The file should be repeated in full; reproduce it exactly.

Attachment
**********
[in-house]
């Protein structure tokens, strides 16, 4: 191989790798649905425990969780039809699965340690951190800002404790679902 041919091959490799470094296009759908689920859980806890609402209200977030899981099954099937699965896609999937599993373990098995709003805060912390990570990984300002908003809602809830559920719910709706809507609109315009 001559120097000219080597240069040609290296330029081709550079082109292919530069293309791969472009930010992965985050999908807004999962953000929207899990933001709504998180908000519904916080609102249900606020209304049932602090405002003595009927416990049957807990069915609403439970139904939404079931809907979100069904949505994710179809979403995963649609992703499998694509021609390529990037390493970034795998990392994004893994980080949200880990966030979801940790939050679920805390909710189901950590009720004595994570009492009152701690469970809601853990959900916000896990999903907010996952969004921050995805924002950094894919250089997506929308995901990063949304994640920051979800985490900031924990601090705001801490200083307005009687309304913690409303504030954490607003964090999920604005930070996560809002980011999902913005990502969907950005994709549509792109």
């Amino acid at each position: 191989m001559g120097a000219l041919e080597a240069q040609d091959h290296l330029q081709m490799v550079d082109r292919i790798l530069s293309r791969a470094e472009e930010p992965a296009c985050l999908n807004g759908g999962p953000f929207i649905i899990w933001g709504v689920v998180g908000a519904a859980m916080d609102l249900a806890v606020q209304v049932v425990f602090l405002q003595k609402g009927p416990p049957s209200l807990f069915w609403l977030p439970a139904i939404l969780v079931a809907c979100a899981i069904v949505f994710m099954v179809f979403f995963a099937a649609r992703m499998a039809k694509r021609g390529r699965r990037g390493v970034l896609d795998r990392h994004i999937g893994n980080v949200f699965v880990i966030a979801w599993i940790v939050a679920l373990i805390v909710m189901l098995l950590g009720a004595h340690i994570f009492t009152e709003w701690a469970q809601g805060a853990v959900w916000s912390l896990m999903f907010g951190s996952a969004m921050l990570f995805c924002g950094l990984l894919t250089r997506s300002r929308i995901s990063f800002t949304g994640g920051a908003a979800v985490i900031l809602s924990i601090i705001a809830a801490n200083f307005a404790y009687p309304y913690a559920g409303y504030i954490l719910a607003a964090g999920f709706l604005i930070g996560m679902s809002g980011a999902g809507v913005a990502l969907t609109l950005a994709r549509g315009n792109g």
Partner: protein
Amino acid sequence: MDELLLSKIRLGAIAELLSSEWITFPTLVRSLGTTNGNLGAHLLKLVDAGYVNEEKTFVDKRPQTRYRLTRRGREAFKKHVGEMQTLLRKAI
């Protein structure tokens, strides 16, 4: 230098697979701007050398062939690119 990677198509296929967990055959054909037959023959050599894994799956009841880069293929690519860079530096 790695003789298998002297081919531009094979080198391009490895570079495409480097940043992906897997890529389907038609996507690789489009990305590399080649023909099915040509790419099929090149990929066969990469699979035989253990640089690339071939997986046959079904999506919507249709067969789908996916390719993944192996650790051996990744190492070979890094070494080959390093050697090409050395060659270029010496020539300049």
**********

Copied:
[in-house]
């Protein structure tokens, strides 16, 4: 191989790798649905425990969780039809699965340690951190800002404790679902 041919091959490799470094296009759908689920859980806890609402209200977030899981099954099937699965896609999937599993373990098995709003805060912390990570990984300002908003809602809830559920719910709706809507609109315009 001559120097000219080597240069040609290296330029081709550079082109292919530069293309791969472009930010992965985050999908807004999962953000929207899990933001709504998180908000519904916080609102249900606020209304049932602090405002003595009927416990049957807990069915609403439970139904939404079931809907979100069904949505994710179809979403995963649609992703499998694509021609390529990037390493970034795998990392994004893994980080949200880990966030979801940790939050679920805390909710189901950590009720004595994570009492009152701690469970809601853990959900916000896990999903907010996952969004921050995805924002950094894919250089997506929308995901990063949304994640920051979800985490900031924990601090705001801490200083307005009687309304913690409303504030954490607003964090999920604005930070996560809002980011999902913005990502969907950005994709549509792109």
């Amino acid at each position: 191989m001559g120097a000219l041919e080597a240069q040609d091959h290296l330029q081709m490799v550079d082109r292919i790798l530069s293309r791969a470094e472009e930010p992965a296009c985050l999908n807004g759908g999962p953000f929207i649905i899990w933001g709504v689920v998180g908000a519904a859980m916080d609102l249900a806890v606020q209304v049932v425990f602090l405002q003595k609402g009927p416990p049957s209200l807990f069915w609403l977030p439970a139904i939404l969780v079931a809907c979100a899981i069904v949505f994710m099954v179809f979403f995963a099937a649609r992703m499998a039809k694509r021609g390529r699965r990037g390493v970034l896609d795998r990392h994004i999937g893994n980080v949200f699965v880990i966030a979801w599993i940790v939050a679920l373990i805390v909710m189901l098995l950590g009720a004595h340690i994570f009492t009152e709003w701690a469970q809601g805060a853990v959900w916000s912390l896990m999903f907010g951190s996952a969004m921050l990570f995805c924002g950094l990984l894919t250089r997506s300002r929308i995901s990063f800002t949304g994640g920051a908003a979800v985490i900031l809602s924990i601090i705001a809830a801490n200083f307005a404790y009687p309304y913690a559920g409303y504030i954490l719910a607003a964090g999920f709706l604005i930070g996560m679902s809002g980011a999902g809507v913005a990502l969907t609109l950005a994709r549509g315009n792109g």
Partner: protein
Amino acid sequence: MDELLLSKIRLGAIAELLSSEWITFPTLVRSLGTTNGNLGAHLLKLVDAGYVNEEKTFVDKRPQTRYRLTRRGREAFKKHVGEMQTLLRKAI
């Protein structure tokens, strides 16, 4: 230098697979701007050398062939690119 990677198509296929967990055959054909037959023959050599894994799956009841880069293929690519860079530096 790695003789298998002297081919531009094979080198391009490895570079495409480097940043992906897997890529389907038609996507690789489009990305590399080649023909099915040509790419099929090149990929066969990469699979035989253990640089690339071939997986046959079904999506919507249709067969789908996916390719993944192996650790051996990744190492070979890094070494080959390093050697090409050395060659270029010496020539300049």